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Against Monopoly

defending the right to innovate

IP as a Joke

Monopoly corrupts. Absolute monopoly corrupts absolutely.





Copyright Notice: We don't think much of copyright, so you can do what you want with the content on this blog. Of course we are hungry for publicity, so we would be pleased if you avoided plagiarism and gave us credit for what we have written. We encourage you not to impose copyright restrictions on your "derivative" works, but we won't try to stop you. For the legally or statist minded, you can consider yourself subject to a Creative Commons Attribution License.


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Copyright Irony

Apparently, the Fox network has won a copyright infringement law suit filed against them by the copyright owners of the Oscar-winning Disney song "When you wish upon a star," who claimed that Fox's TV show "Family Guy" had violated their copyright by parodying the song in one of their episodes (in which the song was entitled "I need a Jew"). When I spotted this headline in Google News, I thought "Wow, let's go hear this!" and clicked on the link. And sure enough, there was the embedded YouTube video of the episode's song. But, click on the link and fire up YouTube for the irony.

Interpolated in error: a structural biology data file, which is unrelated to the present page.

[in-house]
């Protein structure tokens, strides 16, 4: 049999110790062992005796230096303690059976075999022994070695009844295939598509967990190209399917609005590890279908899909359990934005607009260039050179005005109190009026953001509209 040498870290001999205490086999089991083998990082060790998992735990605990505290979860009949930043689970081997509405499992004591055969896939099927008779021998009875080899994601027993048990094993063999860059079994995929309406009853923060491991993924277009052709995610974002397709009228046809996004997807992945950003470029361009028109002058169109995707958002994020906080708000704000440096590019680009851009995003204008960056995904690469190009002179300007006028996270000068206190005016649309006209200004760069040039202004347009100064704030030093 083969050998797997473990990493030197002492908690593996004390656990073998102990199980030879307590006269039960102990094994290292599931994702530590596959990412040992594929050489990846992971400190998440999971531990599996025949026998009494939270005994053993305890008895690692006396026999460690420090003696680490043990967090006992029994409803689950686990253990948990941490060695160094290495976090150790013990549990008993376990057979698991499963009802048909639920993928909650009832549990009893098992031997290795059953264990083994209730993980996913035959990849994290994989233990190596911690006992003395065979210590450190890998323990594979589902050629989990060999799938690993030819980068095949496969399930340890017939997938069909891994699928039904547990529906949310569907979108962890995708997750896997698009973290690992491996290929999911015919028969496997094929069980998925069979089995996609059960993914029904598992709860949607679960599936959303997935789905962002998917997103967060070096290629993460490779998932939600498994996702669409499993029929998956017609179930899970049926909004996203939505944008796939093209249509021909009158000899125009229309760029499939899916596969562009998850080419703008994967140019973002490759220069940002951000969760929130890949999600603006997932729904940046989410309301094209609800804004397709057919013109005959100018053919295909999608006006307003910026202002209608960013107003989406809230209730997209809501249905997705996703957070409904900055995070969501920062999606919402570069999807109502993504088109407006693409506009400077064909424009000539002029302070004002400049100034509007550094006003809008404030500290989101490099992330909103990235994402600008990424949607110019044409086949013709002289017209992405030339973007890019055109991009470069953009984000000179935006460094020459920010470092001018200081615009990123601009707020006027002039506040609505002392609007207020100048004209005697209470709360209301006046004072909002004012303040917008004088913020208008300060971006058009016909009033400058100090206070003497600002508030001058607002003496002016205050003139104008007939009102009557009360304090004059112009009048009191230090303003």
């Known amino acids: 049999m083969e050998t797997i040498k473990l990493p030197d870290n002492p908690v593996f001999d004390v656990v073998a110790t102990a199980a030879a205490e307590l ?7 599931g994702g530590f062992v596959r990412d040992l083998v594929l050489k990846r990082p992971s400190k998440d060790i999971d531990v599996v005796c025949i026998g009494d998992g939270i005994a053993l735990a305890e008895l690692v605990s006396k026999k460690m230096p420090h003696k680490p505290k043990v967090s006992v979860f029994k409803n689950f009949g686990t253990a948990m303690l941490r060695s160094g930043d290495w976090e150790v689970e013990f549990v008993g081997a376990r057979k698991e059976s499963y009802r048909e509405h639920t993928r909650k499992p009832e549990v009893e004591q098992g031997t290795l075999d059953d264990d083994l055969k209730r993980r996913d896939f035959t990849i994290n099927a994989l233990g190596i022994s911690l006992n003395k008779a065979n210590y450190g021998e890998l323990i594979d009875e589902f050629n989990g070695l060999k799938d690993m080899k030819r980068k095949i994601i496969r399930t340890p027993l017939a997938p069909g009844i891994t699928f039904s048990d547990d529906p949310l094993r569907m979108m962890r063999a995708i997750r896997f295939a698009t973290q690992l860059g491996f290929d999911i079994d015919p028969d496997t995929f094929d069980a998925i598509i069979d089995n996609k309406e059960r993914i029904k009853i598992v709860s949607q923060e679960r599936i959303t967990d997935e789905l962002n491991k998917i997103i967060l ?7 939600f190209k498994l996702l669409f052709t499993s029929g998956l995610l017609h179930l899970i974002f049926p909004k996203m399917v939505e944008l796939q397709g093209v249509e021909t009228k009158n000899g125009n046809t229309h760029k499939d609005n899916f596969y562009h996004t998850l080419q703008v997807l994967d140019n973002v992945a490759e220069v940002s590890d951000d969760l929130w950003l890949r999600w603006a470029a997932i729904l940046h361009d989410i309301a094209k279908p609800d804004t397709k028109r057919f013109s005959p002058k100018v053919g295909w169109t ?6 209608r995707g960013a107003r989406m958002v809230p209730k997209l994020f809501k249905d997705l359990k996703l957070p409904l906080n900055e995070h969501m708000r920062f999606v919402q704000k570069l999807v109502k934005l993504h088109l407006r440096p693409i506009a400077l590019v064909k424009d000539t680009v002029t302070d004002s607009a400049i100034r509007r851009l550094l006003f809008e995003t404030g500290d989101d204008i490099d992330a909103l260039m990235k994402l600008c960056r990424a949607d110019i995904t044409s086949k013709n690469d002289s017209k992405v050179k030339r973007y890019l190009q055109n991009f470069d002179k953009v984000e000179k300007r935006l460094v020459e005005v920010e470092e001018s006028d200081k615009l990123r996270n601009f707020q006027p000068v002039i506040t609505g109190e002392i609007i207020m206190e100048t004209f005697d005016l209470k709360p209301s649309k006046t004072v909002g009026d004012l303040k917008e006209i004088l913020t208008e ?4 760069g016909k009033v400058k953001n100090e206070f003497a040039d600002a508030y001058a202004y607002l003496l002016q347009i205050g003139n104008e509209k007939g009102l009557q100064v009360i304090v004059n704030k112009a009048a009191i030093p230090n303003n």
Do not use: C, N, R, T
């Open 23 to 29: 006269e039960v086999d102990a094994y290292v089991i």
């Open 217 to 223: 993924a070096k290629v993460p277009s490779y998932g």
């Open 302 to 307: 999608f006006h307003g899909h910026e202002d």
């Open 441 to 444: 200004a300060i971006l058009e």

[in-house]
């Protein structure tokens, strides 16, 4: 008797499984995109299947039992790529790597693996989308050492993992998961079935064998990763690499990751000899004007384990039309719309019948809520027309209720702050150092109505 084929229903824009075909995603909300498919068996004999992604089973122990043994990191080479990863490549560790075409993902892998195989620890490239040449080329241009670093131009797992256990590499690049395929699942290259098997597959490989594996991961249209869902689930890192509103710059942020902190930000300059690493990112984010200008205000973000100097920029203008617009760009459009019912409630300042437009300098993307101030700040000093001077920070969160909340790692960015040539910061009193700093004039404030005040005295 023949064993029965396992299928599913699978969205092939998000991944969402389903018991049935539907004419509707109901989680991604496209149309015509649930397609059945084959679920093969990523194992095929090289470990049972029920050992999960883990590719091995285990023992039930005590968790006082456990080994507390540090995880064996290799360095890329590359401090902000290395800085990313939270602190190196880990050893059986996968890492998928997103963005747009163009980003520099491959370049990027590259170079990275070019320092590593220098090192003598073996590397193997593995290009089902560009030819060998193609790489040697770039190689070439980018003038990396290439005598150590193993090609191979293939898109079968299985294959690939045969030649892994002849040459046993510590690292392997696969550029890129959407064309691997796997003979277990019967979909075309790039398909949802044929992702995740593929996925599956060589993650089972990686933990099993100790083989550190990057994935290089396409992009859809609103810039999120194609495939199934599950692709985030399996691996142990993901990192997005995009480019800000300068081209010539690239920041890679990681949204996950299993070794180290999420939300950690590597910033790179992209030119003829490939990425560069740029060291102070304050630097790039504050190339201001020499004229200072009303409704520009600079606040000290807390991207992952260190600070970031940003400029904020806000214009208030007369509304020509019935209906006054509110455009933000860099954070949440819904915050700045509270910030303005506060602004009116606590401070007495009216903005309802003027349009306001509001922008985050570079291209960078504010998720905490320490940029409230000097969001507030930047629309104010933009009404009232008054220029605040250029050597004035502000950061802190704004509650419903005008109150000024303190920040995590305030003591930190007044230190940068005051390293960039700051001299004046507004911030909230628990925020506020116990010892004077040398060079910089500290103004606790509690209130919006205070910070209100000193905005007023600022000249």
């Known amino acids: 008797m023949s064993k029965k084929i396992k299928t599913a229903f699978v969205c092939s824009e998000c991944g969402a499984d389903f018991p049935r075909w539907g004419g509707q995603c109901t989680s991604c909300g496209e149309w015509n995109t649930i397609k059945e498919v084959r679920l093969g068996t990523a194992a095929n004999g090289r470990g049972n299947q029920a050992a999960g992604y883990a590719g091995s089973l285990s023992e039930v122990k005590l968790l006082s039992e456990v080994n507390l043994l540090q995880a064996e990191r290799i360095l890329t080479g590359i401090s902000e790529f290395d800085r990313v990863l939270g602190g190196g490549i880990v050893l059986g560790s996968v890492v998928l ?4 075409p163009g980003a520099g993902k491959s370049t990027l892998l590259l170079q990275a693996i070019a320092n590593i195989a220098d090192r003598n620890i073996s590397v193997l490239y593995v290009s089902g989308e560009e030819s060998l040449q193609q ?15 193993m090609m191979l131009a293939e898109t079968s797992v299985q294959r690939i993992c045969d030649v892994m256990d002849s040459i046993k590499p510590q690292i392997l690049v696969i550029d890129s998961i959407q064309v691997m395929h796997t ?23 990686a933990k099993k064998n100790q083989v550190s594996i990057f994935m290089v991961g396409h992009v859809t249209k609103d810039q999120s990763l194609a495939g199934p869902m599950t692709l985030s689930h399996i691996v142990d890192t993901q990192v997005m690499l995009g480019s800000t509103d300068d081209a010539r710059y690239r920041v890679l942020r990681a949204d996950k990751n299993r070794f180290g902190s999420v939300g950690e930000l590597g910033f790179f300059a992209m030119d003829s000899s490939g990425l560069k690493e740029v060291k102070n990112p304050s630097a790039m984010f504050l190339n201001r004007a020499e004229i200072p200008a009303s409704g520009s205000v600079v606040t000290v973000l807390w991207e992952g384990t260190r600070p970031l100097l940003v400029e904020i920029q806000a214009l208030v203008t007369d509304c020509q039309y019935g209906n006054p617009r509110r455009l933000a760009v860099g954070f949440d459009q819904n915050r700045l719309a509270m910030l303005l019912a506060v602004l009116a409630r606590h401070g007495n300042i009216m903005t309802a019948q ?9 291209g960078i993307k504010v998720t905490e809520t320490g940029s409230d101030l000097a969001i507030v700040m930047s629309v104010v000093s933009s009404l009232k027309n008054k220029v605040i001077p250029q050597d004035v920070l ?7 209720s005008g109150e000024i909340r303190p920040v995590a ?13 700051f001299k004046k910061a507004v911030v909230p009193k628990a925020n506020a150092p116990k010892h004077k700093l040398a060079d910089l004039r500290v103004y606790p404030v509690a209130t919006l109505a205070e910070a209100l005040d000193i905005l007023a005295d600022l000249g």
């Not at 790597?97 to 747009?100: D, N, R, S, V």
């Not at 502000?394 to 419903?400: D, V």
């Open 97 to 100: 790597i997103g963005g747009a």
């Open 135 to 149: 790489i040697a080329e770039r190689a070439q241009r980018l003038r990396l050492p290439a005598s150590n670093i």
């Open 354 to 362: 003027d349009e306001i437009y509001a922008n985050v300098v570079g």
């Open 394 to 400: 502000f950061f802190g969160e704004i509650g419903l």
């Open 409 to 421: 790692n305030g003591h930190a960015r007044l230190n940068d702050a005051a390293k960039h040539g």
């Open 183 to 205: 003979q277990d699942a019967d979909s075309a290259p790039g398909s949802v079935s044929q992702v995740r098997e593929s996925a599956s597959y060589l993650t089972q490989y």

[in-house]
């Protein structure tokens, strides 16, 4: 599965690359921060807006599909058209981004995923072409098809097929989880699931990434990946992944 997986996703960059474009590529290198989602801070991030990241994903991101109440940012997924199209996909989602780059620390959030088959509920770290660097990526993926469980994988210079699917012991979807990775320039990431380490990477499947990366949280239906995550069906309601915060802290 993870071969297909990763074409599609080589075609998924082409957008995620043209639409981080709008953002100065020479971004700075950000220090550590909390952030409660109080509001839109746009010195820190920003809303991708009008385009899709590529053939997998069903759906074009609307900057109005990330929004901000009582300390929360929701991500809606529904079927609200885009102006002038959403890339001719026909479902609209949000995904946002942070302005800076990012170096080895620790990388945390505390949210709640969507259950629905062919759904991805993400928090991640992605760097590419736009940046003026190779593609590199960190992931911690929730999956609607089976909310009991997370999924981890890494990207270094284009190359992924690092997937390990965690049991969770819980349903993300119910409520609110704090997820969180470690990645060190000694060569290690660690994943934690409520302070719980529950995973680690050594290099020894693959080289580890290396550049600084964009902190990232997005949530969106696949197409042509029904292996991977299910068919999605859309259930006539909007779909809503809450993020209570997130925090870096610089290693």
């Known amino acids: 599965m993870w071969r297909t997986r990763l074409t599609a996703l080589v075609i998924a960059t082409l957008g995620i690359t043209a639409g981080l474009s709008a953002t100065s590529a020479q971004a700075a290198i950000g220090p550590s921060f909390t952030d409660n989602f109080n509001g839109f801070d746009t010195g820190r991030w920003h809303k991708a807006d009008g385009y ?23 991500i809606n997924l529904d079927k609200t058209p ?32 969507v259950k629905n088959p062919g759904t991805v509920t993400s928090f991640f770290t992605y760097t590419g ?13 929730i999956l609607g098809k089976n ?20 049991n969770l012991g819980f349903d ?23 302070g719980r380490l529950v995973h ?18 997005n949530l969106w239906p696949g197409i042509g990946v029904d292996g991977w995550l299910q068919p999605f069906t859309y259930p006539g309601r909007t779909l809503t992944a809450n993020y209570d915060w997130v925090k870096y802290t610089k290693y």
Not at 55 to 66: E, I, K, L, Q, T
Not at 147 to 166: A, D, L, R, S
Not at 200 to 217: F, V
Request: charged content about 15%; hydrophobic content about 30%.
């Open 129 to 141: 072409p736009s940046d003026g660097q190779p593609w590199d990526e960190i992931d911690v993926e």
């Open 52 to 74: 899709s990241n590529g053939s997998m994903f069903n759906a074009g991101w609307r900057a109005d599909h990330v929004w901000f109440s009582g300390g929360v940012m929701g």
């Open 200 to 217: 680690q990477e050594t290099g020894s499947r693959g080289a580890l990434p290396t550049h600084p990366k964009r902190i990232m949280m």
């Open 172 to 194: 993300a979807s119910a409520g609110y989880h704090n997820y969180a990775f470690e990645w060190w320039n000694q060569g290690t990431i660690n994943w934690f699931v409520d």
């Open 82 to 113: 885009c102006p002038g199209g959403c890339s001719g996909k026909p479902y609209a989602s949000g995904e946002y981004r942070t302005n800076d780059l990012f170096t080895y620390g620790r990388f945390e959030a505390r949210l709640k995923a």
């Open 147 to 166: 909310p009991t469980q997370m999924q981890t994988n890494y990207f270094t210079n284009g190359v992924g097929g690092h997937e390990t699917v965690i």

How come the crooks can get away with it?

I'm guessing that these guys don't file a lot of copyright and patent lawsuits. Funny how despite the lack of patents and copyright there is so much innovation in malware.

Submitted without comment

From the abstract of Words Matter: Economics & A Literal Reading of Mars, American Seating, and Monsanto-Ralph by David Blackburn and Phillip A. Beutel of NERA Economic Consulting:

Because of their sometimes straightforward and plain language, these cases threaten to create potholes along the road to rational and appropriate damage awards.

At a guess that means "less money than we'd like to squeeze out of people that work for a living."

Someone just used my credit card--a little SMS told me

The intellectual property farce goes on. Charge Notification Services Corporation is suing credit card company Visa for patent infringement when it uses SMS (short message service) to inform card holders that their cards have just been used link here.

Knowing that, I'm looking forward to patenting the use of mail, email, and the telephone to do so. The profit in this must be immense. Oh, obviousness? Is that a problem?